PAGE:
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Seminole tangelos are small to medium in size, averaging eight centimeters in diameter, and are globular to ovate in shape. The thin rind is smooth, shiny, and leathery, pocked with prominent oil glands, and ranges in color from orange to red-orange. The rind is also somewhat adhered to the orange flesh, which is juicy, tender, and divided into 10-13 segments by thin membranes. The flesh may be seedless or contain many inedible seeds depending on cultivation habits. Seminole tangelos are aromatic and have a sweet flavor mixed with a tart acidity.
Seminole tangelos are available in the fall through winter and in select regions, the fruits may also be available into the spring.
Seminole tangelos, botanically a part of the Citrus genus, are uniformly-shaped, hybrid fruits that grow on evergreen trees and are members of the Rutaceae family. A somewhat rare variety, Seminole tangelos are often overshadowed by the minneola or Orlando tangelo, varieties that share the same parents as the Seminole, and is named after an Indian tribe and city known as Seminole in Florida. Seminole tangelos are a late-season fruit that is favored for its easy-to-grow nature, high yields, sweet-tart flavor, and is considered a commercial dessert and juicing cultivar.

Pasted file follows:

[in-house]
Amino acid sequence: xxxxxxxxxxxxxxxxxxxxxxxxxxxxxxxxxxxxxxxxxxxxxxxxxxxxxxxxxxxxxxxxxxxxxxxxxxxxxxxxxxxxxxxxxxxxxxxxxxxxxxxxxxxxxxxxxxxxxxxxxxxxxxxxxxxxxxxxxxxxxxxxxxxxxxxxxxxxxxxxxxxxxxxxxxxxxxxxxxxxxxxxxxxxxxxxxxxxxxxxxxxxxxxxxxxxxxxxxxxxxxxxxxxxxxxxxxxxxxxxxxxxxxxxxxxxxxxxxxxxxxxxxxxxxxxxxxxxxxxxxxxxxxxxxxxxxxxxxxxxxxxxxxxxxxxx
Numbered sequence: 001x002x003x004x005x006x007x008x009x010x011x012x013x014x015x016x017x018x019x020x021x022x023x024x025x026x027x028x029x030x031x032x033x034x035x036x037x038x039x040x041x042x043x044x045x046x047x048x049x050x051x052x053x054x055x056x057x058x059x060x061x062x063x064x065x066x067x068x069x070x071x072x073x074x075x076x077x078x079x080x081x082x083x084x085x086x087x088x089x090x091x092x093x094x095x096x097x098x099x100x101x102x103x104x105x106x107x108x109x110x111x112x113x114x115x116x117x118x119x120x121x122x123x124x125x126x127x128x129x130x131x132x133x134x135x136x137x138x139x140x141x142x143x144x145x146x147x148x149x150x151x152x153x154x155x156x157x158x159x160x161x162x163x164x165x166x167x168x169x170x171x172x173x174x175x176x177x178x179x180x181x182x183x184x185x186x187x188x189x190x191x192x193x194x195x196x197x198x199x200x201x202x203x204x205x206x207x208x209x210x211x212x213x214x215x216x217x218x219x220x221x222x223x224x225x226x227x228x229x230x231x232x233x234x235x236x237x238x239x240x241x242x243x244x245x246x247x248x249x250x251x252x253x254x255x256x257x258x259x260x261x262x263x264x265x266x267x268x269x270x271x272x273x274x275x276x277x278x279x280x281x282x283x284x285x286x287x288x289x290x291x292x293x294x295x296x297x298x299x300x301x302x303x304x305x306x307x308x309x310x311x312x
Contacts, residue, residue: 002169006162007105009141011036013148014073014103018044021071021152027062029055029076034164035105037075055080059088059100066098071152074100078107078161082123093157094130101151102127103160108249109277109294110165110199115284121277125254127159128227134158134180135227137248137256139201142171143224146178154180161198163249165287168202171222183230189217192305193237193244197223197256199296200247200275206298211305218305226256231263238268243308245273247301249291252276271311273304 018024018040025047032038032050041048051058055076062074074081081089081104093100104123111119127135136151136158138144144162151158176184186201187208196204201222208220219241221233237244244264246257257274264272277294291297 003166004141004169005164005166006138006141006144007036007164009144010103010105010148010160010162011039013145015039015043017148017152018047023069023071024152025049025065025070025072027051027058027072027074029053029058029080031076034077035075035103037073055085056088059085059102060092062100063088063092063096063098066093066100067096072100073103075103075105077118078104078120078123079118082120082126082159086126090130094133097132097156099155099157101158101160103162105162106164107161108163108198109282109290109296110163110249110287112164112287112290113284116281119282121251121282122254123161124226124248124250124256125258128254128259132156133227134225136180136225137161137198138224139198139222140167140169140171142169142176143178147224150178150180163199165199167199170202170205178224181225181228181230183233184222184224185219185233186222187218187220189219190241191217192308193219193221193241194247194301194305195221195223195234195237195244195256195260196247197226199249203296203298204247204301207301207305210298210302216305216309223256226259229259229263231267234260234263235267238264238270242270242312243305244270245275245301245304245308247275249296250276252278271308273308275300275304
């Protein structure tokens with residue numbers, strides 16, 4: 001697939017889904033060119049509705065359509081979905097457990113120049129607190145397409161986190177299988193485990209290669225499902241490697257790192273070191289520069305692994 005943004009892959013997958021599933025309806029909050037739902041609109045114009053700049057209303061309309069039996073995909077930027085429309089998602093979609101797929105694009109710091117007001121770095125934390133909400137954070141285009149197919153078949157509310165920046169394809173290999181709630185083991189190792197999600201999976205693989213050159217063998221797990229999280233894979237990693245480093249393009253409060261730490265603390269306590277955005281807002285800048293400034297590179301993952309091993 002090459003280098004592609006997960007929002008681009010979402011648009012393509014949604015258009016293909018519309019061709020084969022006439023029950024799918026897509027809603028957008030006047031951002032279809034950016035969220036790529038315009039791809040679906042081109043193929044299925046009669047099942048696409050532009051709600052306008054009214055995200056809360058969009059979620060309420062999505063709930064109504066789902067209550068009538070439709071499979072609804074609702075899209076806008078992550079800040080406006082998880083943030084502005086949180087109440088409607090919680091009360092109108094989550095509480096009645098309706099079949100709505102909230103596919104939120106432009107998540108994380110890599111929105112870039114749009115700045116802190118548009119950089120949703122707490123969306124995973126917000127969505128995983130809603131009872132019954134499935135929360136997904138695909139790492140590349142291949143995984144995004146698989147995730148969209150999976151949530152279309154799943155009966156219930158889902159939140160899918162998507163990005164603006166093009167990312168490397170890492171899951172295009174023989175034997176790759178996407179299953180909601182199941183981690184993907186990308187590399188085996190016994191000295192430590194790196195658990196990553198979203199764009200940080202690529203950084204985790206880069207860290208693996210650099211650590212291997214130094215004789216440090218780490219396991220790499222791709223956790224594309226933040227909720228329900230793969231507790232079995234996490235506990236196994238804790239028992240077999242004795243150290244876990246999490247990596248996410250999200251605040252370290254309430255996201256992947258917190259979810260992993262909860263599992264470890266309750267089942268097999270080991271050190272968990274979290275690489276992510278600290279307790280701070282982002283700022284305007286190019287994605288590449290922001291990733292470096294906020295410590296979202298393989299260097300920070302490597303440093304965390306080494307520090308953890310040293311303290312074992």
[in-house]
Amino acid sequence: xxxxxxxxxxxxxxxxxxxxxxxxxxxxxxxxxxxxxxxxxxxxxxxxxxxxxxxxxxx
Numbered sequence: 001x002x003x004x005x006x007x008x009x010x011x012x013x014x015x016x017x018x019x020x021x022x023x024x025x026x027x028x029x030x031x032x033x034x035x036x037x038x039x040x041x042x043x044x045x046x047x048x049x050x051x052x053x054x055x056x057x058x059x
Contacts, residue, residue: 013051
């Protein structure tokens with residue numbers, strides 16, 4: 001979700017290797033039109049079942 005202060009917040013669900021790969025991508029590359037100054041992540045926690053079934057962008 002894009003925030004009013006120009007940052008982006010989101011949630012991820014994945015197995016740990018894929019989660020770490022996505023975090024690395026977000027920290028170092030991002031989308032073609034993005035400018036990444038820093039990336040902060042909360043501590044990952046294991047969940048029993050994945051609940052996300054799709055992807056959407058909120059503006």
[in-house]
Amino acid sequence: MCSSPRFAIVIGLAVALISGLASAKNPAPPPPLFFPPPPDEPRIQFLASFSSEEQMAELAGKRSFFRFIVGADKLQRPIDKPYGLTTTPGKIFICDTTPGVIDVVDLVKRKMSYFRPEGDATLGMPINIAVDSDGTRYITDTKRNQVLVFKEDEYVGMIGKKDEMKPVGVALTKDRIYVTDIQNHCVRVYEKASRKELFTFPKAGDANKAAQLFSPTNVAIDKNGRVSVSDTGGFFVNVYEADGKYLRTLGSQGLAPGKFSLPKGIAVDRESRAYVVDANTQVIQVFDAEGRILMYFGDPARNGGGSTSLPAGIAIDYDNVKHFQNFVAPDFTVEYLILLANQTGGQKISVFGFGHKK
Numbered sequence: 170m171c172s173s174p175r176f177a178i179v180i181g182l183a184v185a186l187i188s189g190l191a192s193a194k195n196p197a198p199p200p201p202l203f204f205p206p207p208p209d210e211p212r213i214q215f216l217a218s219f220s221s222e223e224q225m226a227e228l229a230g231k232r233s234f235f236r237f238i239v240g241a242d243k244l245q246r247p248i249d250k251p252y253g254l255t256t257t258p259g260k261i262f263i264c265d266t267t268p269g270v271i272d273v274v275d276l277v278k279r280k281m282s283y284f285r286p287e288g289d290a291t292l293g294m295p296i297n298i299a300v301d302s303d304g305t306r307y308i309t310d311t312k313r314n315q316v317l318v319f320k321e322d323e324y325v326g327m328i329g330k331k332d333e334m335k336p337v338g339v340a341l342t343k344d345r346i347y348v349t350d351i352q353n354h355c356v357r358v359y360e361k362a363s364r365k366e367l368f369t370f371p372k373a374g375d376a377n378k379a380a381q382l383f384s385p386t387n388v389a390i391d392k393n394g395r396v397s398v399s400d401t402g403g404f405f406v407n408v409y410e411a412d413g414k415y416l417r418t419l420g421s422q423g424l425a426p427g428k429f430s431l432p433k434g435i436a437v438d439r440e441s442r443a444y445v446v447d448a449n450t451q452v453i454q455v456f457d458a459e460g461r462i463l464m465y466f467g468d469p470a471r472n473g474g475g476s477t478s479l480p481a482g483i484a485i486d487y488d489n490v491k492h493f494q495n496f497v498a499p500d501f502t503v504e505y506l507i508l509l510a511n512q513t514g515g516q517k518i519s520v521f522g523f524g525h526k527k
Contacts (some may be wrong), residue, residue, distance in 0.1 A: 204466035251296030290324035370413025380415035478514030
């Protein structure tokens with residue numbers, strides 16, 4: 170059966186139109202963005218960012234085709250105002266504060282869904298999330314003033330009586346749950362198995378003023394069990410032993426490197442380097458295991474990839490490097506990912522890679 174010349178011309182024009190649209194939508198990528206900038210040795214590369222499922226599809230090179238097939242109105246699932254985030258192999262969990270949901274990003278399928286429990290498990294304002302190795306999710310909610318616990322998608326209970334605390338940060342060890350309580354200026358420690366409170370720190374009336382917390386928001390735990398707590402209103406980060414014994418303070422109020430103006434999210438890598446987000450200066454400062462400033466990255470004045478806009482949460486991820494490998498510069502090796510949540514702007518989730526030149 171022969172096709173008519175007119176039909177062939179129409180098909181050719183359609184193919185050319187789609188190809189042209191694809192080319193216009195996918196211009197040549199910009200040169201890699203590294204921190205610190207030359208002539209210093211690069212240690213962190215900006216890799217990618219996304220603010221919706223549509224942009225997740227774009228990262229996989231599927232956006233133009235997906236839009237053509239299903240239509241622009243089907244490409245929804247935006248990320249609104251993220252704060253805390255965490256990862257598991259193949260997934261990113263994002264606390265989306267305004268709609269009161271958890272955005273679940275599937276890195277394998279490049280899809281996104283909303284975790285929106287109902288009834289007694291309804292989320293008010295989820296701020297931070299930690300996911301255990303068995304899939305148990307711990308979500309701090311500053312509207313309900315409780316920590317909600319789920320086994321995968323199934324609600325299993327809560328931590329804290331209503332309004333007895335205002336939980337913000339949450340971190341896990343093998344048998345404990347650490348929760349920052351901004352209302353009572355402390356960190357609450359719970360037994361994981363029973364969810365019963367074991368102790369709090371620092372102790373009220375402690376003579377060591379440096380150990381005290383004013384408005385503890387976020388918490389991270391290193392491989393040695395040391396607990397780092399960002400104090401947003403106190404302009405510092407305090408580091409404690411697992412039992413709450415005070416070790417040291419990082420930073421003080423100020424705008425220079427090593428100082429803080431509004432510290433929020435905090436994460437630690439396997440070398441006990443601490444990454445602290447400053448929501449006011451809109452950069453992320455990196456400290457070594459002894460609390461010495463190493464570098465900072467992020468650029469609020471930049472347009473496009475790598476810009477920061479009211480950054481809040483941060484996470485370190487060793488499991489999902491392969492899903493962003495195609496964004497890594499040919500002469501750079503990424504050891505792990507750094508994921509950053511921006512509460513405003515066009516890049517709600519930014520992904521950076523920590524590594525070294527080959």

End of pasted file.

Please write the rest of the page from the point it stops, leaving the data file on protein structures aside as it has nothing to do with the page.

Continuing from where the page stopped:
Seminole tangelos are an excellent source of vitamin C and a good source of calcium and fiber. These vitamins can help protect the overall health of the body, especially against colds and flues.
Seminole tangelos are best suited for fresh eating and juicing. The ovate fruits can be peeled and consumed as a snack, served as a breakfast item, sliced as a healthy dessert, or tossed into fruit bowls and green salads. Seminole tangelos are also popularly juiced and can be mixed into cocktails, smoothies, or sparkling water. Seminole tangelos pair well with spinach, endive, pineapple, pistachios, and beets, and the juice can be used to marinade meats such as pork, poultry, and fish. The fruits will keep up to two weeks when loosely stored in a paper or plastic bag in the crisper drawer of the refrigerator.
In New Zealand, Seminole tangelos were initially intended for use as a juicing fruit, but the variety has also become a favorite tree planted by home gardeners for fresh eating. Seminole tangelos have very tender flesh and are favored for their sweet-tart flavor in salads and fruit bowls. The trees also yield high amounts of fruit, giving them ornamental qualities and may produce multiple crops per year in select climates. In addition to fresh eating, Seminole tangelos have become a popular fruit to package in decorative boxes and can be given to friends and family as gifts.
Seminole tangelos were released in 1931 by the United States Department of Agriculture and Dr. W.T. Swingle at a test station in Orlando, Florida. Believed to be a hybrid from a cross between the dancy tangerine and duncan grapefruit, Seminole tangelos were introduced to Japan in 1955 and later introduced to New Zealand by Dr. Harold Mouat. Today Seminole tangelos can be found at local markets and in home gardens in Japan, New Zealand, and in Florida of the United States.